Fingerspitzengefühl

curated by Andrianna Campbell and John Newman

November 3 - December 17, 2017

Jackie Winsor, Pink and Blue Piece, 1985 (Copyright Jackie Winsor. Courtesy Paula Cooper Gallery, New York.) mirror, wood, paint, cheesecloth 31 x 31 x 31 inches, 78.7 x 78.7 x 78.7 cm
Eva LeWitt, Green Oval, 2017 polyurethane foam and vinyl 58.5 x 60 x 3 inches, 148.59 x 152.40 x 7.62 cm
Eva LeWitt, Green Oval, 2017 polyurethane foam and vinyl 58.5 x 60 x 3 inches, 148.59 x 152.40 x 7.62 cm
Nari Ward, Tumble Hood, 2015 (courtesy the artist and Lehmann Maupin, New York and Hong Kong shoelaces, advertising vinyl, and shoes tips 35 x 35 x 35 inches, 88.90 x 88.90 x 88.90 cm
Nari Ward, Tumble Hood (detail), 2015 (courtesy the artist and Lehmann Maupin, New York and Hong Kong) shoelaces, advertising vinyl, and shoe tips 35 x 35 x 35 inches, 88.90 x 88.90 x 88.90 cm

Press Release

AC: I’ve been thinking about form lately, but mainly about anti-form. 

JN: Yeah, what about that Jackie Winsor, you love that work too.

AC: It always blows my mind that you teach with Jackie Winsor.

JN: I’ll call her right now. She’s in Newfoundland, I bet she would be interested. 

AC: Her work reminds me of that thing you are always saying das Fingerspitzengefühl?

JN: Yes. Das Fingerspitzengefühl, the fingertip feeling.

AC: It gives me the want of that because it is so open.

JN: Fingerspitzengefühl is actual tactility but also implies an intuition, an emotional sensation where fingertip feeling is metaphoric as well.

AC: It is like an itch that is coming. You know (because you introduced us) Eva’s work is like that. It is so perfect but then it moves and it reveals its imperfections. I love it; it drives her crazy. It is like the anti-form is itching to be the perfect form and vice-versa.

JN: As you know from my Instagram I like pairings. 

AC: I know BUT I think we need to look at this in another way.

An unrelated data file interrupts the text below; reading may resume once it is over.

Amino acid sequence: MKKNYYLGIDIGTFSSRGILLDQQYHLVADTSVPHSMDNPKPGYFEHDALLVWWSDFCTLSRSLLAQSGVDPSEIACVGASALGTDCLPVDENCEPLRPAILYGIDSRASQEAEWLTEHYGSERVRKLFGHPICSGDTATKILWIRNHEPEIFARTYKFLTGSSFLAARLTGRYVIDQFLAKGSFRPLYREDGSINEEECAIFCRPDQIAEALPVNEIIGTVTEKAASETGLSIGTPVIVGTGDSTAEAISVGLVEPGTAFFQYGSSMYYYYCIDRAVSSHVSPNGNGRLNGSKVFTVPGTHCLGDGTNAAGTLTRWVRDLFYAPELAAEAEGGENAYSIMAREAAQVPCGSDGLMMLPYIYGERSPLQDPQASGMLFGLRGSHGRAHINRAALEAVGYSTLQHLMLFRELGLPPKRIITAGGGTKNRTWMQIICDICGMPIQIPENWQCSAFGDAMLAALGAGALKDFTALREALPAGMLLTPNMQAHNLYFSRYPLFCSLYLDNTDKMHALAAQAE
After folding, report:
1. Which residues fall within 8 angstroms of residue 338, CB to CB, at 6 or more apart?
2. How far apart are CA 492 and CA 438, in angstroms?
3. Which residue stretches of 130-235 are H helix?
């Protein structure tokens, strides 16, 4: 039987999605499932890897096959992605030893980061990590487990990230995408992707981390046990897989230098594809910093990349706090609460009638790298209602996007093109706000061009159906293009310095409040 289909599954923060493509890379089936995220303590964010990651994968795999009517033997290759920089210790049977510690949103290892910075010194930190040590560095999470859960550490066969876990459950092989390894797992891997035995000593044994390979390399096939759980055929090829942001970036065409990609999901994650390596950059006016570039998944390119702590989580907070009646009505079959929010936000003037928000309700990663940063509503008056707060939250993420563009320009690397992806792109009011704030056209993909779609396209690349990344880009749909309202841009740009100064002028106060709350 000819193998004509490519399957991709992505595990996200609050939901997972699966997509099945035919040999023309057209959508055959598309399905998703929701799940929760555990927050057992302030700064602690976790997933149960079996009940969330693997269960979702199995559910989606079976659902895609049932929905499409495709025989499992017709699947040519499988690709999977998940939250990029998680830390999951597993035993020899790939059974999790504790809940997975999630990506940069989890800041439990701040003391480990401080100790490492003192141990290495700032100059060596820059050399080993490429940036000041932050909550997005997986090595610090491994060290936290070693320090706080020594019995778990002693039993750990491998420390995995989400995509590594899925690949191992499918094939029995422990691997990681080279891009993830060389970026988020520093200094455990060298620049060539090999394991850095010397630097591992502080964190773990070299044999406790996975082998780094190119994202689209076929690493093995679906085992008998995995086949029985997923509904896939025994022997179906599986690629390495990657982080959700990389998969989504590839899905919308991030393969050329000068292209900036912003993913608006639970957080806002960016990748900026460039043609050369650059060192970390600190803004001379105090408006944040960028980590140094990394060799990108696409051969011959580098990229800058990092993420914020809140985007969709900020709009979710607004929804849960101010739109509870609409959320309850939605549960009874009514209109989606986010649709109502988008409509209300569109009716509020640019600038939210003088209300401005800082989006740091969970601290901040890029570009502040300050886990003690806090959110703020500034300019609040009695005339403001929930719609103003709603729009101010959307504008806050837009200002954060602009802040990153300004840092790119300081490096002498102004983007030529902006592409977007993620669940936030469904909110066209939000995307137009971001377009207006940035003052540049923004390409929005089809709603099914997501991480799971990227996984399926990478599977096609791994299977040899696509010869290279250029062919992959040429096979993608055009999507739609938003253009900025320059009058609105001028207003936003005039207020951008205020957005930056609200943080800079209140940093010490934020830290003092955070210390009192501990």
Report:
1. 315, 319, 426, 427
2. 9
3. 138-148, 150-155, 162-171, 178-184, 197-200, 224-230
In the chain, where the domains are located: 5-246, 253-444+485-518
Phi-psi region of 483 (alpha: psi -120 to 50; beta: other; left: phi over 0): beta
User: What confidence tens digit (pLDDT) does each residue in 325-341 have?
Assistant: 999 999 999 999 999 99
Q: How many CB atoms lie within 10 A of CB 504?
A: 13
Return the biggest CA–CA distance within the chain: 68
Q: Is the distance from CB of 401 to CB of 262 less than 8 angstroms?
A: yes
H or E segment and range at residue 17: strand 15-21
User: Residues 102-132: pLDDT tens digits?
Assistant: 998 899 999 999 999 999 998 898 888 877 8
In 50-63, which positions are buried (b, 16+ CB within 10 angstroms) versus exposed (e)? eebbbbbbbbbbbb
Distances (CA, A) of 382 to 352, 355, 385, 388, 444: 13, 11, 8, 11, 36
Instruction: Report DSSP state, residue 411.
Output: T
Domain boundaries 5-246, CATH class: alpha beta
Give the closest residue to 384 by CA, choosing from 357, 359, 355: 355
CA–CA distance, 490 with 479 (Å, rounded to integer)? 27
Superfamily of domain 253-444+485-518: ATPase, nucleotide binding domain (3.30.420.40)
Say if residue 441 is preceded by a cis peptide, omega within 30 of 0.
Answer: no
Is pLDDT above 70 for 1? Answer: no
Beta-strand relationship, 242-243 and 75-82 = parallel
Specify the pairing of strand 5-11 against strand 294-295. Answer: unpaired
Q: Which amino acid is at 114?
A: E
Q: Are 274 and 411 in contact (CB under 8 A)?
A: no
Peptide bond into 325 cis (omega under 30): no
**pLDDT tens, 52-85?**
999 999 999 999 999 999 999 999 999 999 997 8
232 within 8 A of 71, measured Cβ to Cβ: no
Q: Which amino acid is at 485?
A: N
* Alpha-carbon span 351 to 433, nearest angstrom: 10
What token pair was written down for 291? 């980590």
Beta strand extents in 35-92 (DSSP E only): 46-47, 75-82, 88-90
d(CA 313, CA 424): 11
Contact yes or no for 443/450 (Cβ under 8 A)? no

JN: Is this other way about introducing a painter? You have a painting bias.

AC: I do not have a painting bias. No paintings this time! I have been thinking about Nari Ward’s work from way back when I interviewed him. His is its own anti-form. This Tumble Hood is a performative object. I wish that all of our phone conversations about art could become shows. 

JN: Is it pretentious to do an anti-form show with a German title at a German named gallery?

AC: Klaus is the anti-form of the pretention of German named galleries. We’ll call it The Finger Show at Klaus.

JN: It sounds lewd, but I expect that from you. 

AC: It makes perfect sense. Prurience is the soul of wit. 

JN: I think you mean brevity.

AC: I really want to re-watch that piece Klaus: The Musical by Ryan McNamara.  

JN: What is that?

AC: It is a genesis gallery story from the old days (2004) before you even visited Brooklyn. 

JN: You realize that your anti-form definition is a bit floating in time! Anti-form emerged when I came on the scene in the early 1970s…it is related to post-minimalism and process art. The art emerges from qualities innate in the material and the processes themselves.  

AC: This is why I like talking to you. You remind me to look where I didn’t even think to look. C’mon. Anti-form. Let me have a bit of lexical fun. All three artists deal with form, with primary or localized color and they all interrogate traditional formats of what an artwork is. They all give us that itchy intuitive feeling.